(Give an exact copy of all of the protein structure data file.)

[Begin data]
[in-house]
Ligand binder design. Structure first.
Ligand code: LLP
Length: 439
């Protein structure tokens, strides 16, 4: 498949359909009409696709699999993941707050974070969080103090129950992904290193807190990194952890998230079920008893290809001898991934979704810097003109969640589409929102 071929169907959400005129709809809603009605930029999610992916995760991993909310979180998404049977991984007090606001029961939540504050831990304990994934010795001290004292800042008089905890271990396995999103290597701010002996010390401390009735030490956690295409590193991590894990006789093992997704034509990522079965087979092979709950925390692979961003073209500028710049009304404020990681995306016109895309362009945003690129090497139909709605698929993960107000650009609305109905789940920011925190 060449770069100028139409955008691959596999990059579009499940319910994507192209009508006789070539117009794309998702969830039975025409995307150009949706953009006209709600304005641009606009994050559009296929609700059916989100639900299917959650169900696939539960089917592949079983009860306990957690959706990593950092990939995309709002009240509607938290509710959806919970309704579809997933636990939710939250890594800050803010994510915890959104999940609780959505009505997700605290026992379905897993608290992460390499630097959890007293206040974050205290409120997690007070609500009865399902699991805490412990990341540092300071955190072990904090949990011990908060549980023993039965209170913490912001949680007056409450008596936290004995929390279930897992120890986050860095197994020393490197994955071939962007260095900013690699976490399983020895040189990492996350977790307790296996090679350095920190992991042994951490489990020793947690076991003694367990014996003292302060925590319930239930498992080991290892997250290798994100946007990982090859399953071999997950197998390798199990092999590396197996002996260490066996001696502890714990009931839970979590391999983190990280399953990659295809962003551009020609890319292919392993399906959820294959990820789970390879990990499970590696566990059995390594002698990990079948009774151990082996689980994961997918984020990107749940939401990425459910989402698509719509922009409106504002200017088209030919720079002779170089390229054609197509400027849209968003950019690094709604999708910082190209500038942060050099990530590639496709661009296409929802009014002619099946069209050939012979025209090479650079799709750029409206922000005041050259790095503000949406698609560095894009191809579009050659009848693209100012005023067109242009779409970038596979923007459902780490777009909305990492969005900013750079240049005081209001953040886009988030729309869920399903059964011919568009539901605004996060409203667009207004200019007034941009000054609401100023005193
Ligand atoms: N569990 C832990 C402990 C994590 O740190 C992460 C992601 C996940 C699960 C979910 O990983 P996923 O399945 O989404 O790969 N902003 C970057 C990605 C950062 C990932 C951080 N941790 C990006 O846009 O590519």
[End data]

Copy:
[in-house]
Ligand binder design. Structure first.
Ligand code: LLP
Length: 439
């Protein structure tokens, strides 16, 4: 498949359909009409696709699999993941707050974070969080103090129950992904290193807190990194952890998230079920008893290809001898991934979704810097003109969640589409929102 071929169907959400005129709809809603009605930029999610992916995760991993909310979180998404049977991984007090606001029961939540504050831990304990994934010795001290004292800042008089905890271990396995999103290597701010002996010390401390009735030490956690295409590193991590894990006789093992997704034509990522079965087979092979709950925390692979961003073209500028710049009304404020990681995306016109895309362009945003690129090497139909709605698929993960107000650009609305109905789940920011925190 060449770069100028139409955008691959596999990059579009499940319910994507192209009508006789070539117009794309998702969830039975025409995307150009949706953009006209709600304005641009606009994050559009296929609700059916989100639900299917959650169900696939539960089917592949079983009860306990957690959706990593950092990939995309709002009240509607938290509710959806919970309704579809997933636990939710939250890594800050803010994510915890959104999940609780959505009505997700605290026992379905897993608290992460390499630097959890007293206040974050205290409120997690007070609500009865399902699991805490412990990341540092300071955190072990904090949990011990908060549980023993039965209170913490912001949680007056409450008596936290004995929390279930897992120890986050860095197994020393490197994955071939962007260095900013690699976490399983020895040189990492996350977790307790296996090679350095920190992991042994951490489990020793947690076991003694367990014996003292302060925590319930239930498992080991290892997250290798994100946007990982090859399953071999997950197998390798199990092999590396197996002996260490066996001696502890714990009931839970979590391999983190990280399953990659295809962003551009020609890319292919392993399906959820294959990820789970390879990990499970590696566990059995390594002698990990079948009774151990082996689980994961997918984020990107749940939401990425459910989402698509719509922009409106504002200017088209030919720079002779170089390229054609197509400027849209968003950019690094709604999708910082190209500038942060050099990530590639496709661009296409929802009014002619099946069209050939012979025209090479650079799709750029409206922000005041050259790095503000949406698609560095894009191809579009050659009848693209100012005023067109242009779409970038596979923007459902780490777009909305990492969005900013750079240049005081209001953040886009988030729309869920399903059964011919568009539901605004996060409203667009207004200019007034941009000054609401100023005193
Ligand atoms: N569990 C832990 C402990 C994590 O740190 C992460 C992601 C996940 C699960 C979910 O990983 P996923 O399945 O989404 O790969 N902003 C970057 C990605 C950062 C990932 C951080 N941790 C990006 O846009 O590519």